March 22nd, 2010
Last week, Kelli Marshall noted that I had never reviewed a single episode of United States of Tara, Showtime’s comedy series which debuted last year and which won Toni Colette a much-deserved Emmy award in September. This seemed surprising to me, considering that I had quite enjoyed the series upon its debut and had found its first season pretty uniformly solid. I am still not entirely sure why I never took the time to review any individual episodes of the show, but I can at least confirm that it had nothing to do with the quality of the series.
What I’ve always liked about the show is that it isn’t afraid to take its protagonist to some dark and disturbing places: while the show is ostensibly labeled as a comedy, it knows that the same premise (Tara’s multiple personalities) which begets that comedy is just as capable of swinging to the side of dramatic, and so T’s promiscuity goes from humorous to tragic, and Buck can conversely swing from embarrassing to oddly comforting. The show does not have separate spheres of comedy and drama, but rather different circumstances wherein its premise shifts to meet the needs of the story.
Based on the season premiere, it’s clear that that Diablo Cody and company are very aware of the delicate balance the show requires, and so you have what is effectively a dramatic premiere where comedy and drama (mostly) come from the same place of uncertainty and insecurity, setting the show up for an intriguing sophomore season that will, hopefully, find more space in the blog rotation.
A while back, I noted how the Writers Strike finally showed one of its benefits when CTV picked up Mad Men for Canadian broadcast: it was a move that probably wouldn’t have happened if not for a lack of new programming, and it was vindicated by the series’ Golden Globes victory. Now, however, an entirely different sort of benefit has popped up that has big ramifications for the little series that could.
Sci-Fi Network announced today that they have picked up the rights to air the first two seasons of Jericho, starting with a four-hour marathon on February 11th, the day before the series’ new episodes air on CBS. When the series was first canceled, many fans threw out Sci-Fi as a potential alternate home for the series, and now this will become at least partially true. More importantly, however, it also sets an important precedent.
While I don’t want to create rumors with really nothing but speculation to fuel them, this provides a parachute of sorts should Jericho fail to get the ratings CBS is looking for. I don’t want to presume its failure, but it’s always nice to acknowledge a contingency plan – by already establishing this relationship with the Sci-Fi network, there is a greater likelihood that they could pick up the show for a third season.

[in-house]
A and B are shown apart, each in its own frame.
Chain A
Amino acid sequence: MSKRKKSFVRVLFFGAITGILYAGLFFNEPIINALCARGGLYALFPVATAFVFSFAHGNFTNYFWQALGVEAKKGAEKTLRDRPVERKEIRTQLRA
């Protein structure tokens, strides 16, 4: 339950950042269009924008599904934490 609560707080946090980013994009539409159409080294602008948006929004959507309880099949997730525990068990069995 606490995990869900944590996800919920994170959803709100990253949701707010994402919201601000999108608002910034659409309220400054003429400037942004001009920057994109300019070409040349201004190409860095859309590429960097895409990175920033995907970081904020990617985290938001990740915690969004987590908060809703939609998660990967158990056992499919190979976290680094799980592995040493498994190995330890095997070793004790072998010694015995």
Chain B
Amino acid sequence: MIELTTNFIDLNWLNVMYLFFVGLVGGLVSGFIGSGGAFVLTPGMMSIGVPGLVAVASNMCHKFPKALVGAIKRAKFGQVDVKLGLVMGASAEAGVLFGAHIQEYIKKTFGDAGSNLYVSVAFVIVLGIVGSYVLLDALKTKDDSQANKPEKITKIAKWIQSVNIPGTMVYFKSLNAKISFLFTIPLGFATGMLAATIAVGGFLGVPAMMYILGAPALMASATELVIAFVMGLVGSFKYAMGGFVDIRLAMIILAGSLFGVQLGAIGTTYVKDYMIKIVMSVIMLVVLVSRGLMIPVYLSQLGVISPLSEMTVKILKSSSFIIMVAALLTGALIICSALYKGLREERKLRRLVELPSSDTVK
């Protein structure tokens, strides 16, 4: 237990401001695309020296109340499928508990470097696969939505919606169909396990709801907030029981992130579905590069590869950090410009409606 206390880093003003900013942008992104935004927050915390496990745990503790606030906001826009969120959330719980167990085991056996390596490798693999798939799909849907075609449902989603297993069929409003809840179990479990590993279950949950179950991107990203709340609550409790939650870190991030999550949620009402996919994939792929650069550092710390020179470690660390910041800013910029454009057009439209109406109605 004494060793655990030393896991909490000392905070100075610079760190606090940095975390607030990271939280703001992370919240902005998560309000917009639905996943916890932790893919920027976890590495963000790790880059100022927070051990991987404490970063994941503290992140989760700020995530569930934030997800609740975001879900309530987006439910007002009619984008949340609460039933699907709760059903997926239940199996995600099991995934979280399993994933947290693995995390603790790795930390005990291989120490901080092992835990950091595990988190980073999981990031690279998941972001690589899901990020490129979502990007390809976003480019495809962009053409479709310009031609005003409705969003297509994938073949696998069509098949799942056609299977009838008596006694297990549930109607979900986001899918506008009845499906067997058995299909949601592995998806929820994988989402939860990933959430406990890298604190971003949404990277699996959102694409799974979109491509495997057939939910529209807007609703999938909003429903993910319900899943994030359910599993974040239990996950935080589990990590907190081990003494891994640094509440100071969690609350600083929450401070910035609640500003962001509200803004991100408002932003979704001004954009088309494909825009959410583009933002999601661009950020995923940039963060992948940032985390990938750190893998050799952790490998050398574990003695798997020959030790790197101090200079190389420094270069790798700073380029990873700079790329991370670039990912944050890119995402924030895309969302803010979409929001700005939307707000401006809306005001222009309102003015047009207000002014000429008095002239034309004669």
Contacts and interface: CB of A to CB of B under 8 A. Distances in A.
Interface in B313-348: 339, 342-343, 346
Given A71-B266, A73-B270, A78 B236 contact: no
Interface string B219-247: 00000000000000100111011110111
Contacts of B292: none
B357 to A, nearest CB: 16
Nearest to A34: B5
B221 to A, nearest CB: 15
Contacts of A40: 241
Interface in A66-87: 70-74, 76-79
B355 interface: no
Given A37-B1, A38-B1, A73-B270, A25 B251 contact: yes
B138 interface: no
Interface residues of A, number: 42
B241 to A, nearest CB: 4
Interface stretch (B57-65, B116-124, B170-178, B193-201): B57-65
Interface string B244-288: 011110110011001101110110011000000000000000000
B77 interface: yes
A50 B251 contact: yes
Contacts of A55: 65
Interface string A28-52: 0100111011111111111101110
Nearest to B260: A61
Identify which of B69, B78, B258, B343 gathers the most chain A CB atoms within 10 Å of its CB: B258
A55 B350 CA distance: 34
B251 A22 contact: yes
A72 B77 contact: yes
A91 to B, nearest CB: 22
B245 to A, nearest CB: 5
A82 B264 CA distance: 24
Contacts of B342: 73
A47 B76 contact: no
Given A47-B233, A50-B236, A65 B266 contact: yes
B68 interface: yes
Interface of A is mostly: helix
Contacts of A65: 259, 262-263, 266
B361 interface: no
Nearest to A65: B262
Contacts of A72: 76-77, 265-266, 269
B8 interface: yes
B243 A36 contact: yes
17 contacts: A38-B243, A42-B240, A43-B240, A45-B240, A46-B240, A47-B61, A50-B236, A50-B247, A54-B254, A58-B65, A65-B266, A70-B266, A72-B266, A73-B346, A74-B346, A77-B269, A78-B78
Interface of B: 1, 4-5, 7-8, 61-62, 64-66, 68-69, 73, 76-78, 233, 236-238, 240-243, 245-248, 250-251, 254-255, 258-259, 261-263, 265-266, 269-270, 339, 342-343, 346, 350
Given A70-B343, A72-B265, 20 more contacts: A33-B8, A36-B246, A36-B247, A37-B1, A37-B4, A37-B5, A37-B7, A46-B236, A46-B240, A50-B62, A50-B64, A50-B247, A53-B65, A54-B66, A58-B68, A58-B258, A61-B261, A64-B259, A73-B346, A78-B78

Since I’ve got these put together, I figure I’d keep the content coming for the new year – It sets a nice precedent, after all. This is a piece that is really part of a series of larger rants I have regarding the second season of the show in question, but I’ll forget my concerns for a moment and focus more on the series’ intriguing future. Check back for #3 tomorrow, and the Top Two will follow over the weekend.
There has been a lot of talk about Dexter’s second season, and due to time constraints and an unfortunate inability to be able to watch the series live I wasn’t able to review it as often as I would have liked. Oddly, I remain somewhat ambivalent towards the series, and I can’t quite put my finger on why. I love Michael C. Hall’s performance, the concept of the series is as strong as ever, and there was a great deal of potential realized this season with a blistering series of episodes in the latter half of the season that were amongst the best on television this year.
And yet, every week I would watch Dexter on a strange schedule: I didn’t desperately watch it the second I had time, but would really only do so when I became bored. It sat unwatched for quite some time, and only when the action truly ratcheted up did I begin to actually anticipated what would happen next. I never stopped liking the series, but I can firmly say that I wasn’t loving what I was watching.
Despite these reservations, however, Dexter is most certainly on Cultural Learnings’ list of Series to (Hopefully) watch in 2008. Not only is it a potential strike replacement strategy for CBS, who plans to repurpose episodes by editing them for network audiences, but it is also at a creative crossroads heading into a third season with something to prove.